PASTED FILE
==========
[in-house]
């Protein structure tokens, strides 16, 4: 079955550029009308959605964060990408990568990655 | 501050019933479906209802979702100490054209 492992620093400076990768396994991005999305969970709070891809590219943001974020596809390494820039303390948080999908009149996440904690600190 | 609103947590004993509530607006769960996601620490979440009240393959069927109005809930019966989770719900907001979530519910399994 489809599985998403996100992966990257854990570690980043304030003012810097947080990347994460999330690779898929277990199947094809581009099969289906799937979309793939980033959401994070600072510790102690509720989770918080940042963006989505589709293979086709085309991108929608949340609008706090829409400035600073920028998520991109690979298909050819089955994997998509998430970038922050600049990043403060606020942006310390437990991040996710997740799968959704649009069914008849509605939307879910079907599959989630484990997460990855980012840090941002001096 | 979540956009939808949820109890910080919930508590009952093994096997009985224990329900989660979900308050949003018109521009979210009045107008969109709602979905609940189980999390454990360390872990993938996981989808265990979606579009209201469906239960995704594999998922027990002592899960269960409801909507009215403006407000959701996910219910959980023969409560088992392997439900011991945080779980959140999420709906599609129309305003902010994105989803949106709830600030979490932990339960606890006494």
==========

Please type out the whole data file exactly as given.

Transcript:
[in-house]
């Protein structure tokens, strides 16, 4: 079955550029009308959605964060990408990568990655 | 501050019933479906209802979702100490054209 492992620093400076990768396994991005999305969970709070891809590219943001974020596809390494820039303390948080999908009149996440904690600190 | 609103947590004993509530607006769960996601620490979440009240393959069927109005809930019966989770719900907001979530519910399994 489809599985998403996100992966990257854990570690980043304030003012810097947080990347994460999330690779898929277990199947094809581009099969289906799937979309793939980033959401994070600072510790102690509720989770918080940042963006989505589709293979086709085309991108929608949340609008706090829409400035600073920028998520991109690979298909050819089955994997998509998430970038922050600049990043403060606020942006310390437990991040996710997740799968959704649009069914008849509605939307879910079907599959989630484990997460990855980012840090941002001096 | 979540956009939808949820109890910080919930508590009952093994096997009985224990329900989660979900308050949003018109521009979210009045107008969109709602979905609940189980999390454990360390872990993938996981989808265990979606579009209201469906239960995704594999998922027990002592899960269960409801909507009215403006407000959701996910219910959980023969409560088992392997439900011991945080779980959140999420709906599609129309305003902010994105989803949106709830600030979490932990339960606890006494």